Milkshake Duck becomes an inescapable meme

Memes are so plentiful and pervasive nowadays that I hesitate to try to crown any single one the meme of the year, but if I did, Milkshake Duck would be a strong contender.

If you’re one of the people who’s steadfastly refused to Google the term, a Milkshake Duck is a viral favorite with a problematic past (see: Keaton Jones, Ken Bone, Gary From Chicago). The term is now in our style guide because it’s unlikely to go away anytime soon; as Vox’s Aja Romano wrote, “Everyone’s said and done stupid shit on the internet, and thus anyone could become a Milkshake Duck at any moment.” (It’s even graduated to verb form: Milkshake Ducking.)

If you combined all the year’s transcendent highs and crushing, often absurd lows in a blender, the result would probably be something like a Milkshake Duck ... milkshake.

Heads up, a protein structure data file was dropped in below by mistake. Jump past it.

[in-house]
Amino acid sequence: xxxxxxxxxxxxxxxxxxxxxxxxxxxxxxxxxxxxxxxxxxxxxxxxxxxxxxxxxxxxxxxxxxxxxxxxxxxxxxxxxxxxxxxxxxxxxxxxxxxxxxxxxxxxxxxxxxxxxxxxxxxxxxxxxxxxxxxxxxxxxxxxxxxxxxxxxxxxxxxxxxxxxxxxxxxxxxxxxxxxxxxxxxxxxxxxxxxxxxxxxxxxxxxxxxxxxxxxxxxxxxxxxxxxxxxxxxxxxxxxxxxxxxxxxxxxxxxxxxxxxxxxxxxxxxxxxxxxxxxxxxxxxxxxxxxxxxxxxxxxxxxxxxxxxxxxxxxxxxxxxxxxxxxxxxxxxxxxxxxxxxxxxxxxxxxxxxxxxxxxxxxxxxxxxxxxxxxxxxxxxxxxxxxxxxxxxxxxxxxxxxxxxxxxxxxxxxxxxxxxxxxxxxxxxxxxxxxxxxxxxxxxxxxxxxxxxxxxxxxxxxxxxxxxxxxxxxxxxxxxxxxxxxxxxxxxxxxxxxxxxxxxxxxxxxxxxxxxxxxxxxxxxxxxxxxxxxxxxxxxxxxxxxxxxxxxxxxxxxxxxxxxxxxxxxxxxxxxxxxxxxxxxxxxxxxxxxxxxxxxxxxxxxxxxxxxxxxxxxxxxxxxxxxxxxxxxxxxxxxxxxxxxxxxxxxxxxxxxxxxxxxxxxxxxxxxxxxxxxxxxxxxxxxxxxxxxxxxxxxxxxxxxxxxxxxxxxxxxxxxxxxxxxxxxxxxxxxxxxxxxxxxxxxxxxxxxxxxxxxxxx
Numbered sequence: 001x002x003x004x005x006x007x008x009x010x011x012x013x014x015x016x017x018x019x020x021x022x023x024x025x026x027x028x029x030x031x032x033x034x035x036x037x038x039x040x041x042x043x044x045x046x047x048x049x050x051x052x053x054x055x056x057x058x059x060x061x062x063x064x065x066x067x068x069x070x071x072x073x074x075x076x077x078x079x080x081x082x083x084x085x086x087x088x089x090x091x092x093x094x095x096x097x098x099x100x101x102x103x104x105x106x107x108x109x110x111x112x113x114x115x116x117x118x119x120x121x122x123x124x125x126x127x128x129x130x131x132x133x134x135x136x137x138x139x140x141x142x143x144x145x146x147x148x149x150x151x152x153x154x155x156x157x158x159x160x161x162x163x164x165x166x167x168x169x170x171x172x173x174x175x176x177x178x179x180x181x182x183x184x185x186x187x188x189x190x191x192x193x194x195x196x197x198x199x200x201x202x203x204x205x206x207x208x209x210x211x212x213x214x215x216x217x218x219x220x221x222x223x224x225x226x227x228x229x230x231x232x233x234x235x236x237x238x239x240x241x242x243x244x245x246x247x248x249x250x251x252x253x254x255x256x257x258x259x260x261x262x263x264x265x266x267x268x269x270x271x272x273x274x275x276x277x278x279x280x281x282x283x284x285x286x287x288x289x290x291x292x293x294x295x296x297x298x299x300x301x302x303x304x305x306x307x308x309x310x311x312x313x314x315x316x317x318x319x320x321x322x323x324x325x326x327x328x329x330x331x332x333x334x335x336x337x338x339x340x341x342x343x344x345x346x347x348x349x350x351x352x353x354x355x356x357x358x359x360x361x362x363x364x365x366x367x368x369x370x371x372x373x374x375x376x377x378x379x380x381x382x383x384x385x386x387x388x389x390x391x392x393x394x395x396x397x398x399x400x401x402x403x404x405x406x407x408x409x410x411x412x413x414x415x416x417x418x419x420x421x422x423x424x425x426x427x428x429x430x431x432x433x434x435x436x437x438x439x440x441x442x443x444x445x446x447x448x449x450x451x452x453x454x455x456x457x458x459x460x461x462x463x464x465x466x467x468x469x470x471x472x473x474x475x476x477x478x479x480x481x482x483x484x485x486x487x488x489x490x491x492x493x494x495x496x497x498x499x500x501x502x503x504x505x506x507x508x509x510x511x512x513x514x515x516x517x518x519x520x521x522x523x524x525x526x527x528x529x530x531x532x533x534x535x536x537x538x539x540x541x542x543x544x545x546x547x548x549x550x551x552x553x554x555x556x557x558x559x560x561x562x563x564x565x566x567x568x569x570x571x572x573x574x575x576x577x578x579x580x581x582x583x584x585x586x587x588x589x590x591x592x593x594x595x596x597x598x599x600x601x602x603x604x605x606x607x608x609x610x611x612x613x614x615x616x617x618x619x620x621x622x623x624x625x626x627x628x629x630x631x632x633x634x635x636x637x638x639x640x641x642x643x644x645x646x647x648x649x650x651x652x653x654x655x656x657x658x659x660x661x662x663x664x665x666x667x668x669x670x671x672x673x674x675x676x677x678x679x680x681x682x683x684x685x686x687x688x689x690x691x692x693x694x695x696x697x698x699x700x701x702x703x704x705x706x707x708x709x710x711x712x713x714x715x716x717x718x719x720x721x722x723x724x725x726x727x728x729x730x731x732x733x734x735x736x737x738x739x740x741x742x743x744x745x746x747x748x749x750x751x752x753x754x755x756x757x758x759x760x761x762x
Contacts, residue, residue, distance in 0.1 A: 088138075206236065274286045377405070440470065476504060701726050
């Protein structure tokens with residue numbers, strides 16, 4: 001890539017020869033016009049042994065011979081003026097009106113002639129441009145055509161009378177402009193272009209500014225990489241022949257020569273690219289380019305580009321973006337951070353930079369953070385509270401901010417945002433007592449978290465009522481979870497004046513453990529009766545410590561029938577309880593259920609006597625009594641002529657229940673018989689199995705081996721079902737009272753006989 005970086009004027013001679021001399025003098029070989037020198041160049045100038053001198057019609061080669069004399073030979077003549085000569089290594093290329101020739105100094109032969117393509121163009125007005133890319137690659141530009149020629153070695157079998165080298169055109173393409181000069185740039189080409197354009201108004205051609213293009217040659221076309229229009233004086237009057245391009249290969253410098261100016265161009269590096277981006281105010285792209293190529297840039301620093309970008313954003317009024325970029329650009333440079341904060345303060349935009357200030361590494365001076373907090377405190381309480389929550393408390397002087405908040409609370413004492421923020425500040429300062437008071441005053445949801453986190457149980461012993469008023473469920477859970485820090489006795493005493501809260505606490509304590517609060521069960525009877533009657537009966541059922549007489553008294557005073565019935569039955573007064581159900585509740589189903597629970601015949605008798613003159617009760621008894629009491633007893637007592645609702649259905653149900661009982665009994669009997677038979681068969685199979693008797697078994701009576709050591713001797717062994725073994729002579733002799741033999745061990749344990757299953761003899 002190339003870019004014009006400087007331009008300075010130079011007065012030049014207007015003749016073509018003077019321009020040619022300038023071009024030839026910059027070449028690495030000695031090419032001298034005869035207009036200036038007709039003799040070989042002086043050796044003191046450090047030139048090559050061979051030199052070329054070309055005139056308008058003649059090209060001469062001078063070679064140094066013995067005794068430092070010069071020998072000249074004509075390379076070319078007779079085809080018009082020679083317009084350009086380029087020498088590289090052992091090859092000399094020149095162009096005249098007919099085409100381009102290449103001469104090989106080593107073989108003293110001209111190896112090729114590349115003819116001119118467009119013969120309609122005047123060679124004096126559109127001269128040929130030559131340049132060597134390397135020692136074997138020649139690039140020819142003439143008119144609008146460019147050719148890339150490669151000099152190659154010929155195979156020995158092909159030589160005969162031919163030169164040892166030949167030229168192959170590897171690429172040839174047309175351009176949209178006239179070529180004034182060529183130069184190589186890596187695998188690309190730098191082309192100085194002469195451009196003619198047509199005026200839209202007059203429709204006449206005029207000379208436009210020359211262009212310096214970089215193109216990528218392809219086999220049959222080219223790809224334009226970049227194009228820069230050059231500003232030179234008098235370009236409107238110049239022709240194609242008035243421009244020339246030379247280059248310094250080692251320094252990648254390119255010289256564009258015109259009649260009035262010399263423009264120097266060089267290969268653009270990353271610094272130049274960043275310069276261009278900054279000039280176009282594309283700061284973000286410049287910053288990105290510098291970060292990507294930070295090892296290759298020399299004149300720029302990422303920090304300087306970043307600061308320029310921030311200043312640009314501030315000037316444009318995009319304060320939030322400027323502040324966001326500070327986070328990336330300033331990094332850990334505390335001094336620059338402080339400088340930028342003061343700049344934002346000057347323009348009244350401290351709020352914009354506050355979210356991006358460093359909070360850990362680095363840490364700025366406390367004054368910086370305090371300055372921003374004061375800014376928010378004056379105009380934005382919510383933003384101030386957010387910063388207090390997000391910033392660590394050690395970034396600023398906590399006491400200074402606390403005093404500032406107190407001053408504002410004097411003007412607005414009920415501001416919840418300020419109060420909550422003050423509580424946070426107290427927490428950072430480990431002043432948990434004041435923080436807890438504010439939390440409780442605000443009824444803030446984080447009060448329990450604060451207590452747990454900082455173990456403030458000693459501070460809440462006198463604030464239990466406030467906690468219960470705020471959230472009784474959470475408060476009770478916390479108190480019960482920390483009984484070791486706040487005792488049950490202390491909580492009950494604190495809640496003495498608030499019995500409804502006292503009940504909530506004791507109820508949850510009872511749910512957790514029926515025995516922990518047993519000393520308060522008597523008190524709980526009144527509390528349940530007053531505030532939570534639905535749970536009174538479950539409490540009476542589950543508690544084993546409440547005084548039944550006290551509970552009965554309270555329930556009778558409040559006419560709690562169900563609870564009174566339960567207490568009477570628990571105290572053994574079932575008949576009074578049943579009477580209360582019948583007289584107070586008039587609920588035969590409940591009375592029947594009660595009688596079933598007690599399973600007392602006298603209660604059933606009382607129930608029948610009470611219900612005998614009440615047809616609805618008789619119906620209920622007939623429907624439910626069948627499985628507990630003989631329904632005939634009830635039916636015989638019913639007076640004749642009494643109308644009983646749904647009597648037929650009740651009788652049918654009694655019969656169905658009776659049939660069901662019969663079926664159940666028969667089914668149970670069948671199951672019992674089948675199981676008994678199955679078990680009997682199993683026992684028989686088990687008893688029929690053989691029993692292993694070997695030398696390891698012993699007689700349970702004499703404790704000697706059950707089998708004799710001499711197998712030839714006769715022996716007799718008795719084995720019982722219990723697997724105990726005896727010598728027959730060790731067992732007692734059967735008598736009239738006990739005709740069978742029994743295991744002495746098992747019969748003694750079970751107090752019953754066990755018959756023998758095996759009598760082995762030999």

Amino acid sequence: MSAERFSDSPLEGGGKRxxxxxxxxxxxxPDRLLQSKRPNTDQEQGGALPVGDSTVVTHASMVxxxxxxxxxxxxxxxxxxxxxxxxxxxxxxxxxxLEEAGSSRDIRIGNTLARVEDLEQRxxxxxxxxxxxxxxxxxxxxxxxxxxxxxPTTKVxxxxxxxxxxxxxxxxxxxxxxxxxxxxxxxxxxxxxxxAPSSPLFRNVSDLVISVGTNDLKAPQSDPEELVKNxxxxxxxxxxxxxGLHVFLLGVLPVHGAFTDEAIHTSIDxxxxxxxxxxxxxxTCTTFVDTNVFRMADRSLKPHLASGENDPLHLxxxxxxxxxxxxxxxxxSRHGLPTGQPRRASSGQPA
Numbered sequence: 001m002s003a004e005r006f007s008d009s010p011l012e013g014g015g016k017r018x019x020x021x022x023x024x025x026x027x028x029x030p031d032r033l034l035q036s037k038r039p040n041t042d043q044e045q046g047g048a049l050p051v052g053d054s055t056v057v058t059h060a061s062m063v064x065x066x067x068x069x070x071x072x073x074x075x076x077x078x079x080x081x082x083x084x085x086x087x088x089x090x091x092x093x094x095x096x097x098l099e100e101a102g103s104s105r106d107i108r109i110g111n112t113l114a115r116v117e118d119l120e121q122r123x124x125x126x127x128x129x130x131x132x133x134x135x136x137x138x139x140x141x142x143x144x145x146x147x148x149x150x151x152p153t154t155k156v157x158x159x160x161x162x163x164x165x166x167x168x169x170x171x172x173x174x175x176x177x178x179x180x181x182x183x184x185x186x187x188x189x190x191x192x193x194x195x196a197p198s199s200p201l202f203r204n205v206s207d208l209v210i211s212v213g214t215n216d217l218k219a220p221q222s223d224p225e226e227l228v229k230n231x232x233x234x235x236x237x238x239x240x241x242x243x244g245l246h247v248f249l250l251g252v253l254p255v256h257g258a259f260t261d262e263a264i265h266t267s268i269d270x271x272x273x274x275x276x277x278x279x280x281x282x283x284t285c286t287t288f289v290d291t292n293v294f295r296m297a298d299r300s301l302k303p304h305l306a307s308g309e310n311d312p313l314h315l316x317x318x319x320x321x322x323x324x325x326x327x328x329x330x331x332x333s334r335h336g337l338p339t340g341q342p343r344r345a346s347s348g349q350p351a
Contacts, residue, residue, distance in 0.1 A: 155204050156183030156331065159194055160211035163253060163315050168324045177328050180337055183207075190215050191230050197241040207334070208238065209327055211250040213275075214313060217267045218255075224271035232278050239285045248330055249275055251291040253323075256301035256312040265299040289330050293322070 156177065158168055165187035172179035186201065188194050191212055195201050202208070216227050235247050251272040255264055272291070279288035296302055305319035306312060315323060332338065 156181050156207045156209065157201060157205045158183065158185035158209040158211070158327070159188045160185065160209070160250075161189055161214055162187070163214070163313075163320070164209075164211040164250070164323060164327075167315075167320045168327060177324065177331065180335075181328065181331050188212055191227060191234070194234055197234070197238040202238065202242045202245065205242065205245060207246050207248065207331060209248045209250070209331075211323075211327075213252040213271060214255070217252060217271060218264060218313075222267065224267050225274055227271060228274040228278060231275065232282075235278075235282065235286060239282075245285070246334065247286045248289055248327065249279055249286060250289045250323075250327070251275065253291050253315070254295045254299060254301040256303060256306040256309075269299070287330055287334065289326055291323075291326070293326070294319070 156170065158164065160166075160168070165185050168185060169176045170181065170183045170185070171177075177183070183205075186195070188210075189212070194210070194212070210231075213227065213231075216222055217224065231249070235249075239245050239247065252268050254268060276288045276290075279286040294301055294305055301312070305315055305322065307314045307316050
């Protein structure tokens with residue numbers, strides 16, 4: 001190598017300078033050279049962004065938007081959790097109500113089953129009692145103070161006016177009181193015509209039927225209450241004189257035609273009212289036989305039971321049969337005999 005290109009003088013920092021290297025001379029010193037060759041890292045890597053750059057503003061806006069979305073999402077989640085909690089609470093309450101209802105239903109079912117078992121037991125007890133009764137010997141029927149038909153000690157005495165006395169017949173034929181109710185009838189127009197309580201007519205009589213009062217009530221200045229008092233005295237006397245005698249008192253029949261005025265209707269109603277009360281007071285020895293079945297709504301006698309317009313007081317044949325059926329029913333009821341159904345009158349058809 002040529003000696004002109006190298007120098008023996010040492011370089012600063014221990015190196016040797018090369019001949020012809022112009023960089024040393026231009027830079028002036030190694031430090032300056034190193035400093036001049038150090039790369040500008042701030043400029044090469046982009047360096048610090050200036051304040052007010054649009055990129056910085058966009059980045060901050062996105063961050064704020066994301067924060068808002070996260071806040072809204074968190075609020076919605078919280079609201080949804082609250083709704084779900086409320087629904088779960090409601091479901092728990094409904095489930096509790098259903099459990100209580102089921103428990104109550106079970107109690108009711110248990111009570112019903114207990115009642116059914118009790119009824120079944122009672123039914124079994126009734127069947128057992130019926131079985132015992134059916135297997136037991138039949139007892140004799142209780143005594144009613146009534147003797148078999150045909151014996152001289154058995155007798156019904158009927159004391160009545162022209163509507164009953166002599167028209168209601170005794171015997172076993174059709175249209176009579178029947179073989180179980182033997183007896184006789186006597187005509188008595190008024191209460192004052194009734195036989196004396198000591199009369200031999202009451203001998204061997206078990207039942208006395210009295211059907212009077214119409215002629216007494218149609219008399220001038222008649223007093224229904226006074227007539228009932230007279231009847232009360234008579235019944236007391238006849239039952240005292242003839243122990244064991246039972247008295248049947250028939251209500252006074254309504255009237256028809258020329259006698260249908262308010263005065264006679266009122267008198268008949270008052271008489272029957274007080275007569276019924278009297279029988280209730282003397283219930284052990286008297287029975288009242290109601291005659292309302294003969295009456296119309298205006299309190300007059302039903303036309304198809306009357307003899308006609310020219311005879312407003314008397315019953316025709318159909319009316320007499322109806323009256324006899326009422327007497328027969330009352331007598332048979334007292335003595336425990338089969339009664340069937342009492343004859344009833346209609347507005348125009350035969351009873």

CRISPR/Cas9 awes scientists with its potential

Shutterstock

We currently have an Environmental Protection Agency head who’s a climate change denier, an energy secretary who’s fixated on bailing out coal plants despite no evidence that that’s necessary or advisable, and an administration whose official platform kowtows to faith-based groups on matters of health — not to mention some troubling censorship issues at the Centers for Disease Control and Prevention and other federal agencies.

But despite all this, science has bounded ahead with huge achievements this year — take, for instance, the historic Cassini spacecraft mission and the discovery of more exoplanets that could potentially harbor life, or the World Health Organization’s triumph against plague in Madagascar.